First Province signs up to #runclean


Western Province Athletics (WPA) has become the first athletic province to officially endorse the Modern Athlete #runclean campaign, which aims to clean up the litter problem in road running by calling on all runners to stop dropping used water sachets and other litter on the roads.

This campaign was launched in August 2015 by Modern Athlete, South Africa’s largest running publication, as the team behind the magazine has grown ever more concerned about the amount of litter being left on the roads by the running community during races. While much of this litter is cleared up by hard-working clean-up teams, some still gets left on or alongside the roads and thus ends up in the environment, especially if the wind is blowing during a race.

As the first province to pledge support for the campaign, WPA has called on all race organisers in the province, including both clubs and events companies, to include the #RunClean logo on their race flyers, and the provincial officials will work with race organisers to give extra attention to their litter management plans. The province will also be use its social media platforms to promote the campaign.

WPA has also invited race organisers to liaise directly with Modern Athlete to engage more formally to give their events coverage in the magazine and on the magazine’s digital platforms if the events support the campaign in an official capacity. Thus events will receive extra, positive publicity, which in turn could promote entries, at the same time that the environment benefits from the spreading of the anti-litter message.

“Here at Modern Athlete we have made it our mission to promote a cleaner sport and try to eradicate the litter problem in our races, by continually reminding runners to think before they throw,” says Modern Athlete Editor Sean Falconer. “We believe that every piece of plastic not dumped on the road is a step in the right direction, which will not only lead to less litter on the roads, but in the long run to less waste being produced by our sport, much of which potentially ends up in the sensitive environment or the oceans, so we ask all runners, clubs, events and athletic provinces to join our campaign and pledge to #runclean!”

A number of races have already officially signed up to the campaign, including the Vital Winelands and Red Hill Marathons in the Cape, and the Dis-Chem Half Marathon in Gauteng.

Think before you throw – #runclean


What individual athletes can do to #runclean:

• Many runners go for long training runs without carrying any water, but suddenly in a race they cannot get through three kays without water. You don’t need to drink so much water when running, especially in shorter distances – and you really don’t need to take three sachets at each water table! So often runners take more than one sachet and toss one or more unused, or only use half the water in the sachets before throwing them away. That not only wastes precious water, but also means more waste lying in the road.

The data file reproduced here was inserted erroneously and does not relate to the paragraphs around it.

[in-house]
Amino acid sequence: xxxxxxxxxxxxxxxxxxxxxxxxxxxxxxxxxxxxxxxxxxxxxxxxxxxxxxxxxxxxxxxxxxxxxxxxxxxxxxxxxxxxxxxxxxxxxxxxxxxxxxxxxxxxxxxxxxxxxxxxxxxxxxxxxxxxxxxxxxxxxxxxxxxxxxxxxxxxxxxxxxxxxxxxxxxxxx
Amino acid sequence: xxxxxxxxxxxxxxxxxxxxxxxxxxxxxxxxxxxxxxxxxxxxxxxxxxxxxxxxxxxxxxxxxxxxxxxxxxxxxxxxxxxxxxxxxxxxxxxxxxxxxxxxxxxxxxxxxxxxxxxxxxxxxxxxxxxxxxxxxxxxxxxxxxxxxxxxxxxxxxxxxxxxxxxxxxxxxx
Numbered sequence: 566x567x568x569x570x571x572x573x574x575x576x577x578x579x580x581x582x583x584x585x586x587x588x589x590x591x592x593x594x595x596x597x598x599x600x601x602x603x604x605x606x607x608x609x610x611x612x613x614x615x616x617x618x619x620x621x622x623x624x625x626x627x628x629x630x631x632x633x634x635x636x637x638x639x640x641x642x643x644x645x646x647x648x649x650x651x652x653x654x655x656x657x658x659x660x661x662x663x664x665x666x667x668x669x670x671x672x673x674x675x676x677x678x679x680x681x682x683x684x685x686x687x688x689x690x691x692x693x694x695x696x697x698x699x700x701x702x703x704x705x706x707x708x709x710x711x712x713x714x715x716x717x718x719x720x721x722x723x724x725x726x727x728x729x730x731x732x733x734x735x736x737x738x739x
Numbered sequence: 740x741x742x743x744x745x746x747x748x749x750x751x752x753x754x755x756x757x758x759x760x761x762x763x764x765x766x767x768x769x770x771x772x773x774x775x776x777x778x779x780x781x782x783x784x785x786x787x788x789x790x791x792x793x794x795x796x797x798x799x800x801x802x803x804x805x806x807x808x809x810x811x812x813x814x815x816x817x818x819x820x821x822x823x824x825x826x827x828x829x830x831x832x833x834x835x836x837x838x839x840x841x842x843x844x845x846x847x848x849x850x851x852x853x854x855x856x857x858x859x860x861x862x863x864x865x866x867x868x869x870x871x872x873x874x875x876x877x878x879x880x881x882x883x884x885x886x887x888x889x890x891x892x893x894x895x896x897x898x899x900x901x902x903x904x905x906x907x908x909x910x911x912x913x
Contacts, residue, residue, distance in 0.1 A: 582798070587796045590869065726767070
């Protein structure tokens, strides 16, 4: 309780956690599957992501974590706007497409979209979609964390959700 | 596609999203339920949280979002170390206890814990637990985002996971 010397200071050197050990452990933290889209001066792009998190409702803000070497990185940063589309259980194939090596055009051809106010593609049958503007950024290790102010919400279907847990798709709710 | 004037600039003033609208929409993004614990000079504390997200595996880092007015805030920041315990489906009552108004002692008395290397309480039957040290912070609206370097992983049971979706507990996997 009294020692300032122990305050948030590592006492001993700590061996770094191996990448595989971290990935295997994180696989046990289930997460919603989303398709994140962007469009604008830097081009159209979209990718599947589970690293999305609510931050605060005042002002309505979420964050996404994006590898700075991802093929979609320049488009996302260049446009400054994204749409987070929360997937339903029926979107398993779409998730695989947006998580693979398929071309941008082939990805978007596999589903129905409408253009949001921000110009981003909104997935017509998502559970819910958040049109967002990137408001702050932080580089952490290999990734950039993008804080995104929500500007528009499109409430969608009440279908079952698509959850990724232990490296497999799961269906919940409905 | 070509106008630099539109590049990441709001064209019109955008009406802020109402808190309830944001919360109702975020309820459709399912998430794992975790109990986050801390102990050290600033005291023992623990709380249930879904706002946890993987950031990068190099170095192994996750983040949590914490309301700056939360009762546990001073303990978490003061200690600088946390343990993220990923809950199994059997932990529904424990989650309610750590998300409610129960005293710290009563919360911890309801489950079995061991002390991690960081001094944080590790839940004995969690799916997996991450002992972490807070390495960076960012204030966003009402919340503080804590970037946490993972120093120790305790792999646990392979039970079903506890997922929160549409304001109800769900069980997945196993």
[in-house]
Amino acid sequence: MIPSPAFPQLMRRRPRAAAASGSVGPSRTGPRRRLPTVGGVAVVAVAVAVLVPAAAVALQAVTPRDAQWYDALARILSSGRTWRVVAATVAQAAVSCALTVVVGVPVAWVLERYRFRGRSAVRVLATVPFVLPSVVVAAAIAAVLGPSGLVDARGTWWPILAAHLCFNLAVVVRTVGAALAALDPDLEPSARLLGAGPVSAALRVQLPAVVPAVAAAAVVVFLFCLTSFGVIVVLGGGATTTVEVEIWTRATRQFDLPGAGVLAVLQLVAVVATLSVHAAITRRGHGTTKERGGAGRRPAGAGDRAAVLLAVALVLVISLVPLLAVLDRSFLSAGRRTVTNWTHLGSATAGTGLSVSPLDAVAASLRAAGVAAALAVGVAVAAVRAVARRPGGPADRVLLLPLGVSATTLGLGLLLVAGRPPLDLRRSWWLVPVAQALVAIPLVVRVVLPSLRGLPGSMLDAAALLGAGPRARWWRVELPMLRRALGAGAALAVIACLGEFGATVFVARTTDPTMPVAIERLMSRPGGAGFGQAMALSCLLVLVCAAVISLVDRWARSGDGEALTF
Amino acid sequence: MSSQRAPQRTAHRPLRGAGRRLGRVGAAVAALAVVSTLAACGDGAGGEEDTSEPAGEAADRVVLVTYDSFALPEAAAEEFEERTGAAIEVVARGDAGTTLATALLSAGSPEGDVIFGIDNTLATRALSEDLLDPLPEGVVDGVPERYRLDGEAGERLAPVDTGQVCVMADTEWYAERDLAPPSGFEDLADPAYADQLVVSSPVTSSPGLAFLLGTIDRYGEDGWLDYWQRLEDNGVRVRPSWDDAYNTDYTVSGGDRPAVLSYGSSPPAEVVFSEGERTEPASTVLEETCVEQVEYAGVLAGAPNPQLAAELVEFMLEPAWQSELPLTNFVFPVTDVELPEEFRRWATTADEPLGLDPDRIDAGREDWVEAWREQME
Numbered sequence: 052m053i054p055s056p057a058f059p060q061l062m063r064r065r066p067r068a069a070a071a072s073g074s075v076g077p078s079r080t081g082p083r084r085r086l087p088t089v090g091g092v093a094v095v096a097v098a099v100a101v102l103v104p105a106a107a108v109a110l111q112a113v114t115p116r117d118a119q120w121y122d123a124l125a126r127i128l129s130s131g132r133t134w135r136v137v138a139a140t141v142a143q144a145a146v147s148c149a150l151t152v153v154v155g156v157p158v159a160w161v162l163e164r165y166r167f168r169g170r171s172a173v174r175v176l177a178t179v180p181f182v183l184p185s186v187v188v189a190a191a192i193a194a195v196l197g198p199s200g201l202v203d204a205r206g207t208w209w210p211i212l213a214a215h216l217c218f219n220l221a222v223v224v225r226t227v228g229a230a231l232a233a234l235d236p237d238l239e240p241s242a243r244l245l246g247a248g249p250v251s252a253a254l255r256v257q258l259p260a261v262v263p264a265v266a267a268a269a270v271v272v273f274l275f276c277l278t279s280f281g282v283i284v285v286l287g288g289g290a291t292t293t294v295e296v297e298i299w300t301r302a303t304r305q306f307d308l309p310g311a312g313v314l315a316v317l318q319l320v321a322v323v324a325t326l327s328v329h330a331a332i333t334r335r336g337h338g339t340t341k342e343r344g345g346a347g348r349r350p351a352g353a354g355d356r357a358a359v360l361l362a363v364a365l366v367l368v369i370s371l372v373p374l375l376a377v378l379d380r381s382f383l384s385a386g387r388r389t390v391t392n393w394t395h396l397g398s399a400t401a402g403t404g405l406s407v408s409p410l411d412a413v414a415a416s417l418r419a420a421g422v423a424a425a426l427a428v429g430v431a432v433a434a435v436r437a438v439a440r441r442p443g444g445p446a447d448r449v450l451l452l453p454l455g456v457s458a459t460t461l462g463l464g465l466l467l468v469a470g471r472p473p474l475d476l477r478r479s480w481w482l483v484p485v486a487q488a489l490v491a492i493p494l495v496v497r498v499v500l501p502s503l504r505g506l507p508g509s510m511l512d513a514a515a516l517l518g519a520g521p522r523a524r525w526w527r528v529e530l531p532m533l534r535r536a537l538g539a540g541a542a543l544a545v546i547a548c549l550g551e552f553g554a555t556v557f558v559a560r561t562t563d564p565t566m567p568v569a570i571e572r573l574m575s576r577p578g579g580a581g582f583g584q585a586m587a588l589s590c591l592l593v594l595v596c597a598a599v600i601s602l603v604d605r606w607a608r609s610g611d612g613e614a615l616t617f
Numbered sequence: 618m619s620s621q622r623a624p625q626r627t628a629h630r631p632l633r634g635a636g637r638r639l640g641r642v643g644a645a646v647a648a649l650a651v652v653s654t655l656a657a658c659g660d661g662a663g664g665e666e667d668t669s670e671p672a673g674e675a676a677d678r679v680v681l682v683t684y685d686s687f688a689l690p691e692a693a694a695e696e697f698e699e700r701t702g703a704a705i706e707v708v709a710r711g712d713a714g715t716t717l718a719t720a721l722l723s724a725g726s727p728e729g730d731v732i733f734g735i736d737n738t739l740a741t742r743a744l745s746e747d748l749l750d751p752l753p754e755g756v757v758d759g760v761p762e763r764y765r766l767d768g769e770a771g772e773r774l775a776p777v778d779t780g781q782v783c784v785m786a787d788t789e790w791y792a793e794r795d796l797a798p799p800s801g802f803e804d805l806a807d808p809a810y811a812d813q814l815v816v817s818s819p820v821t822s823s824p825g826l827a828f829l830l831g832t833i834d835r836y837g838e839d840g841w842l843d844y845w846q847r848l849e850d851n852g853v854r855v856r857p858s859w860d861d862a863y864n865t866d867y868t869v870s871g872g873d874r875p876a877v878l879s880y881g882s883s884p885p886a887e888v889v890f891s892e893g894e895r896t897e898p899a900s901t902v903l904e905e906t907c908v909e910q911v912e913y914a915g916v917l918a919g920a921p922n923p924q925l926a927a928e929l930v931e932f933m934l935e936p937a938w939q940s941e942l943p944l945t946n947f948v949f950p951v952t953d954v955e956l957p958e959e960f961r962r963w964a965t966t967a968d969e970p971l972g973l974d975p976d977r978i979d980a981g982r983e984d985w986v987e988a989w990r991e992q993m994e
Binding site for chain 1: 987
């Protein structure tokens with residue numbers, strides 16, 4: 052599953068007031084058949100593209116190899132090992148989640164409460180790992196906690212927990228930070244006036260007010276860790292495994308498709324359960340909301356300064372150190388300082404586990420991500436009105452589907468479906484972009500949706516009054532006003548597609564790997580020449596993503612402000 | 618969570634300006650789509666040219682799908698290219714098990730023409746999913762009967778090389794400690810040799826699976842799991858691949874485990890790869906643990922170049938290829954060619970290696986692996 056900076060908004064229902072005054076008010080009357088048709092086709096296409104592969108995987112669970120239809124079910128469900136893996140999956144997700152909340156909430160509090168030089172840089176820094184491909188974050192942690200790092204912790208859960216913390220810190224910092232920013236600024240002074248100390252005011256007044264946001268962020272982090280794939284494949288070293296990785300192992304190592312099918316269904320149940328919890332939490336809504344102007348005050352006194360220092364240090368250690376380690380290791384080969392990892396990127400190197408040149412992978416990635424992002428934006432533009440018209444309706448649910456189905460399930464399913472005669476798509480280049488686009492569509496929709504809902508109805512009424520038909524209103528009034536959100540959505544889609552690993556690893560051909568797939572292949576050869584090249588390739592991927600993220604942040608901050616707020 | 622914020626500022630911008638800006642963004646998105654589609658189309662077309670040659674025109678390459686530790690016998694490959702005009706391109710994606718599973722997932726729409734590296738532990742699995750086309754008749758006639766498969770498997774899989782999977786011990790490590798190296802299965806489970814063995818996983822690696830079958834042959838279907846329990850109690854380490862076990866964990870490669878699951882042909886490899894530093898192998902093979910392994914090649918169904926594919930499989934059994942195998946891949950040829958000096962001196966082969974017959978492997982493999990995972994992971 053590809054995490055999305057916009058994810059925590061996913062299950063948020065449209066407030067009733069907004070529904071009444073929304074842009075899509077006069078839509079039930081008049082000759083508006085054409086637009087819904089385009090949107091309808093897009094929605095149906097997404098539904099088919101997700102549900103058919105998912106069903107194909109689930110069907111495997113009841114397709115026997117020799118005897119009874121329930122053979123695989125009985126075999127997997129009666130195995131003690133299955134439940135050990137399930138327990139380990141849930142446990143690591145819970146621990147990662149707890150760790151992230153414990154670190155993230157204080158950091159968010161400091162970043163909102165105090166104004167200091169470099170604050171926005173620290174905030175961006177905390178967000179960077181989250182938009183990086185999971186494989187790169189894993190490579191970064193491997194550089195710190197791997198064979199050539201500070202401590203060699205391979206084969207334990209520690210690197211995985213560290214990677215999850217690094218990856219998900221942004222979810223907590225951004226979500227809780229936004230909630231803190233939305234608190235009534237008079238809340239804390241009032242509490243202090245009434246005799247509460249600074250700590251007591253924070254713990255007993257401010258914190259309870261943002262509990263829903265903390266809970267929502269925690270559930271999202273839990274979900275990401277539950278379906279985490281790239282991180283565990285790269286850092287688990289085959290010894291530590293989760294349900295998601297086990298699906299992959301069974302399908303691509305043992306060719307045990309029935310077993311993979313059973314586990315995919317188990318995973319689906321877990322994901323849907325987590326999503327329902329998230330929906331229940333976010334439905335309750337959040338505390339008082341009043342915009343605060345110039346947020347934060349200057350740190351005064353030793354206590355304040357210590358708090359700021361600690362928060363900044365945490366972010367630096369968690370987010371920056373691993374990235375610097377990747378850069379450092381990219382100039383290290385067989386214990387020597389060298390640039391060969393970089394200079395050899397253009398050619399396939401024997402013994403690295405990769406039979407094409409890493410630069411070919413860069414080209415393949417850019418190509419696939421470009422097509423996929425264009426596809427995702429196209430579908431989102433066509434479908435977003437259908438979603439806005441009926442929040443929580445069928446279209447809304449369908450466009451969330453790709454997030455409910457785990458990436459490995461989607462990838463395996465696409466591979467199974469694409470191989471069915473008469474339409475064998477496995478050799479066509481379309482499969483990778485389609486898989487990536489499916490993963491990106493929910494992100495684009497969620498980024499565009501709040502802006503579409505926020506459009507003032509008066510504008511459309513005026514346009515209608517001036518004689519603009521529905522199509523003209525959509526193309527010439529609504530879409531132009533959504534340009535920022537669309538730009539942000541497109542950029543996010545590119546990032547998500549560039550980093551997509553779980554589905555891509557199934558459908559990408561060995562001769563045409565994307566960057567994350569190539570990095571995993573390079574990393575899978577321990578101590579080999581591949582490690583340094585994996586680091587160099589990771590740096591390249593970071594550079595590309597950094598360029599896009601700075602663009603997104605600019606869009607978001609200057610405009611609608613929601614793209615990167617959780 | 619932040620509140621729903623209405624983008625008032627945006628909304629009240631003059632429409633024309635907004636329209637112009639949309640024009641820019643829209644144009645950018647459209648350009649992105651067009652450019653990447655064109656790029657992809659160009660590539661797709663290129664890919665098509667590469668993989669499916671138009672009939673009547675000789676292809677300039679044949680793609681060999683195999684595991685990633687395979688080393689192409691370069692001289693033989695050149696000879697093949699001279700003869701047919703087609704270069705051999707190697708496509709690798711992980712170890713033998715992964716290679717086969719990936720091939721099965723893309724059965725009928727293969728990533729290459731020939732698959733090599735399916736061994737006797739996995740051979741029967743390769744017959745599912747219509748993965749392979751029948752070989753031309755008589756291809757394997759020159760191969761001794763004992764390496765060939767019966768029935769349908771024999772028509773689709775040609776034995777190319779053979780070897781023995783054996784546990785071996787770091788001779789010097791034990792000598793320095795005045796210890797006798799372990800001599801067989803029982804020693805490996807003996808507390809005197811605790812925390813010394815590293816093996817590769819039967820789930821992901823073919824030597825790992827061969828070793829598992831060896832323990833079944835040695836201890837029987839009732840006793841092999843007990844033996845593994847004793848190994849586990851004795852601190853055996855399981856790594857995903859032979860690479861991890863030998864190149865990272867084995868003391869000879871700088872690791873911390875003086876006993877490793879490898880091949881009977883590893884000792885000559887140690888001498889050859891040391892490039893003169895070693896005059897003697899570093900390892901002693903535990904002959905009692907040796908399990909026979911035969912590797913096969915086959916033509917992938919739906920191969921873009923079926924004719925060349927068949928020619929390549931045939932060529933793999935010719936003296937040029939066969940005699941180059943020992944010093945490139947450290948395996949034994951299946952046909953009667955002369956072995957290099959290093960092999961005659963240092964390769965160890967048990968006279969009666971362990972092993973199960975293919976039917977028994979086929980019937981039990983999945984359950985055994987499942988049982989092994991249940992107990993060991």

• Better idea: Carry your own water in a hydration backpack or water bottle belt, so that you don’t need to use the sachets. Some runners say it weighs them down, and thus slows them down, but trail runners seem able to run quite comfortably and quickly while carrying water, so surely road runners can also do so.

• When you do use the sachets, don’t drop them (or other refuse) in the road – always look for a bin. Come on, moving a few metres towards a bin really won’t cost you that much time.

• In fact, you don’t even need to throw the sachets away… You could carry your rubbish till you can throw it away, even if that is at the finish. Just stick the empty plastic sachets in a pocket, or in the waistband of your shorts, because carrying a few pieces of ultra lightweight plastic simply will not weigh you down that much!

• Handy hint: If your running kit does not have one, make your own pocket by sowing on your front provincial licence number with the upper edge left loose, to form a pocket in which you can carry rubbish to the next bin or the finish. Again, this will not weigh you down and cost you time.

• If you simply must drop a sachet in the road, try to at least do so within easy distance of the water tables, in demarcated litter areas, not two and a half kays up the road. That way the clean-up crew can quickly, easily and safely clean up. Remember, many of these volunteers are not runners, and they are there to support you and help you get to the finish line, not spend hours of backbreaking work walking for miles along busy roads to clean up after you! Think they will be back next year to hand you water sachets after that? Think again…

Never toss a sachet where it cannot be seen or retrieved by the clean-up crew. Especially not into the bushes next to the road. Or into a storm water drain. Or under parked cars.

On windy days, make doubly sure your litter is well disposed of in bins or rubbish bags so that it doesn’t get blown all over the place, thus making it even less likely that it all will be picked up by the clean-up crew.

• If you see fellow runners littering, try to diplomatically suggest a cleaner attitude going forwards, but avoid getting into an argument or confrontation.

• Even better, why don’t you volunteer to do water table duty at a local race and then help clean up the mess afterwards. That should make you think twice about tossing your sachet next time, because we doubt you will enjoy picking up a few thousand sachets. Nobody would enjoy that!

Lastly, make a point of being a cleaner runner by promoting a no littering rule, not only in your own behaviour, but also in your social media comments and interaction with fellow runners, and include #runclean in your Tweets and Facebook posts.

Think before you throw – #runclean